Truth Shines from Penn State Pain
- Tuesday, December 13, 2011
EDITOR’S NOTE: The following is the latest installment of Solo Zone, a monthly article series focusing on believers who have taken advantage of serious opportunities God has laid in their faith walks—and whose singleness actually works to their benefit, as well as God’s glory.
Although they’ve yet to be proven in a court of law, the infamous allegations against former Penn State coach Jerry Sandusky are explosive.
They’re damaging not only to Sandusky’s personal career, but also to the legacy of Joe Paterno and one of the most storied college sports programs in history.
Yet many of us forgot in those early days of this sordid story not only the victims prosecutors claim Sandusky abused for years, but other victims of child abuse who’ve been enduring their own private torture, quietly, and outside the media’s glare.
One of those victims is J.C. Derrick, a 28-year-old journalism student currently interning in Washington, D.C. When news of the charges against Sandusky broke in November, Derrick struggled with suppressing his secret grief over what happened to him when he was eight, twenty years ago.
Finally, however, he could stand it no longer, and out from his journalistic persona flowed a poignant editorial on the topic that ran in the prestigious Washington Post and, since then, over a dozen other newspapers across the country.
His account proved so compelling that hundreds of readers e-mailed him, many with their own harrowing stories of child abuse, some of them being told by victims for the very first time. Even in Washington, D.C., a couple of recent acquaintances admitted to him privately that they were also victims of child abuse.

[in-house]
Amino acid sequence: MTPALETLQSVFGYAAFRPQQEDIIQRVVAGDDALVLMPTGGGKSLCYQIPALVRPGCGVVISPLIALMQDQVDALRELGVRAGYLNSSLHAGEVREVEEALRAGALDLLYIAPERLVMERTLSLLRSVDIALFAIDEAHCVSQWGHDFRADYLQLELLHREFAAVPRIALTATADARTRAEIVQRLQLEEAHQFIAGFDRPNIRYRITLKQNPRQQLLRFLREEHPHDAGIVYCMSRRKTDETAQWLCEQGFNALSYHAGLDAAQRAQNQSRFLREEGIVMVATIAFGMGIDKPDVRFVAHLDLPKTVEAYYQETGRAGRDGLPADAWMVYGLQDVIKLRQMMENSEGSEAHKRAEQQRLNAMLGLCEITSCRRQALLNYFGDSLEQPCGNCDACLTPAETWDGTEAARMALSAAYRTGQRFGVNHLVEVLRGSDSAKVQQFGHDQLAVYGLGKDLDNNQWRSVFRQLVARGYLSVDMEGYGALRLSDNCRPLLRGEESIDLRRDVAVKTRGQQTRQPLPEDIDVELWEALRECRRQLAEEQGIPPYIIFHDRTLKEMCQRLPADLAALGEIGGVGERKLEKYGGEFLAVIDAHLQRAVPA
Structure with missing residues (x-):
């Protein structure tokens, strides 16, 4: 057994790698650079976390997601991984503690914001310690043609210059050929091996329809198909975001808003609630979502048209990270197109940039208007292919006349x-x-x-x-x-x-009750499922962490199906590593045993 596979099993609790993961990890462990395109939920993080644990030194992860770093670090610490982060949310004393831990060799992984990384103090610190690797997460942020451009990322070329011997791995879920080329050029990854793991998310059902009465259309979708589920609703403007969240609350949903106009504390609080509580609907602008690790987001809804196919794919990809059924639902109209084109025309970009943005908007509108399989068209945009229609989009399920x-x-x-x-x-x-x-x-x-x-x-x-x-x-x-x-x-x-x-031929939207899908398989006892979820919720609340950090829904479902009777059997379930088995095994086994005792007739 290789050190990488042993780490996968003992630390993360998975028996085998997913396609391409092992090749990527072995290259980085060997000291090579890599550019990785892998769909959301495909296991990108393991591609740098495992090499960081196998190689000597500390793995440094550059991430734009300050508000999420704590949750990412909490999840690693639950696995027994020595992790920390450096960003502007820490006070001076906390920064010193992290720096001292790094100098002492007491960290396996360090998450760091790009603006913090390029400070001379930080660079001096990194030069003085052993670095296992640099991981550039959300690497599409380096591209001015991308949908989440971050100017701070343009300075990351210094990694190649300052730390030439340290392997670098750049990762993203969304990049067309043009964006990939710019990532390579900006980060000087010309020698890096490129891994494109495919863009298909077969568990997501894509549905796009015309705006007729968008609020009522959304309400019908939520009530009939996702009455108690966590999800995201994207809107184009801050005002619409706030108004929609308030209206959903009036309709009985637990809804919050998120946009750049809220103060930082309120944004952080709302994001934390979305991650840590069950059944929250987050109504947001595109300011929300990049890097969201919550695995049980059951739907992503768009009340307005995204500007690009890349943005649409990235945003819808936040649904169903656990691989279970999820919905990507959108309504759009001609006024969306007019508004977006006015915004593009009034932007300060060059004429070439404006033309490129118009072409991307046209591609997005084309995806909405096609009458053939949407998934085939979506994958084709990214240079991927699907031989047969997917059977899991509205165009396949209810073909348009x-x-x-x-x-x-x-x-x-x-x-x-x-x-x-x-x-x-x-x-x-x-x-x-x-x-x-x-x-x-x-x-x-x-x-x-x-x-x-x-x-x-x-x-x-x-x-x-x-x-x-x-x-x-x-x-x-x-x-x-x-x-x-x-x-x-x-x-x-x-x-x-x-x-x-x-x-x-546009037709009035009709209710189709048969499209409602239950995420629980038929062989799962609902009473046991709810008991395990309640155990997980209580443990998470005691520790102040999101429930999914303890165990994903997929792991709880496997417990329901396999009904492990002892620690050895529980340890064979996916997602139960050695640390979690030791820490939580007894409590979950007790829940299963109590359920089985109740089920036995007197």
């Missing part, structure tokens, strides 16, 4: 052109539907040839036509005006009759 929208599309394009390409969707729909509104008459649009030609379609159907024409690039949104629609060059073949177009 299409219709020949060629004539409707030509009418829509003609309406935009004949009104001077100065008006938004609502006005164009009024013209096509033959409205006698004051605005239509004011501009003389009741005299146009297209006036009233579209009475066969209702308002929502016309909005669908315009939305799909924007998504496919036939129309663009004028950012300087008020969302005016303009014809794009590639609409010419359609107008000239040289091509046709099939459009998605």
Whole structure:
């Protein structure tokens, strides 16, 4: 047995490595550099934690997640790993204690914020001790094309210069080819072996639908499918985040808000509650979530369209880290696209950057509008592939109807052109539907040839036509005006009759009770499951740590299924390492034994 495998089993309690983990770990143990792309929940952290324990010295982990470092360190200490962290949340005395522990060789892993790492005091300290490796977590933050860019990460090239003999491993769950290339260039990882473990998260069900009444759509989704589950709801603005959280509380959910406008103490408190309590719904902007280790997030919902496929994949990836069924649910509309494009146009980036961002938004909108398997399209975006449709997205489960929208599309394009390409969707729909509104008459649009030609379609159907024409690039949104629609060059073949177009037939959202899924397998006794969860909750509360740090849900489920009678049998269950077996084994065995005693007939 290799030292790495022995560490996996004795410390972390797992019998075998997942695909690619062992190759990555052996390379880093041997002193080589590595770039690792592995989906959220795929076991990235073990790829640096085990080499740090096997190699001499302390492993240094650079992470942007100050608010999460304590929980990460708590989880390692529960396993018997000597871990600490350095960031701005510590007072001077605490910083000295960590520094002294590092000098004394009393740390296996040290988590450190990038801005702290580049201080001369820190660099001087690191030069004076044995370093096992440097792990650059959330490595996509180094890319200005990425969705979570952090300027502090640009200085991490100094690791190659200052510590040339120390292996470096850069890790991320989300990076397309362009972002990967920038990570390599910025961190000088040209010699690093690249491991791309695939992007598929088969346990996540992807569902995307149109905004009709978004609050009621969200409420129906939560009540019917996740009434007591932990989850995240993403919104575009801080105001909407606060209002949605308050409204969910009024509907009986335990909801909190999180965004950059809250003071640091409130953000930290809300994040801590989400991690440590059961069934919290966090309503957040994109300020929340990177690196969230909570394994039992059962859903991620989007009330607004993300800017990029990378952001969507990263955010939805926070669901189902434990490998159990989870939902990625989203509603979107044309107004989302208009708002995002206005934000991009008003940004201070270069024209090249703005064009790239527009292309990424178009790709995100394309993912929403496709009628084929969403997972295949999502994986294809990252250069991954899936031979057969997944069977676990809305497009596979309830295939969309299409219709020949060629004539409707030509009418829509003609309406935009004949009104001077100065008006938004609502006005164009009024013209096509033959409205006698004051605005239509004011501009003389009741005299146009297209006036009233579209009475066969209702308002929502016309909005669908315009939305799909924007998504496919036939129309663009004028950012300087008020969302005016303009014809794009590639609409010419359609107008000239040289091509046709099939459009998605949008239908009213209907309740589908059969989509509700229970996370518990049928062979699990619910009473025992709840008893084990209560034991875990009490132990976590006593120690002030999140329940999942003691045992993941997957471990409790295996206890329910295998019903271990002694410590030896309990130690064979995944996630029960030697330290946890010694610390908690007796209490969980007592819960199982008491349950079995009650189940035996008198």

From Victim to Victims’ Advocate
The depth of pain and breadth of victimization stunned Derrick. “You like to think this is rare and never happens,” he explains. “But the statistics say otherwise, and that's what we have to recognize.”
Like many victims, Derrick’s abuser was a family member. “It was a series of incidents that took place when I was 8 and 9. Although they were traumatic, what allegedly happened to those boys by Sandusky is much worse. I was not threatened with harm, but even though it's been 20 years, I remember fear being a big issue. I wanted to say something but didn't. I wanted it to stop, but I didn't know. I felt trapped.”
Recently on Singles
Have something to say about this article? Leave your comment via Facebook below!
Listen to Your Favorite Pastors
Add Crosswalk.com content to your siteBrowse available content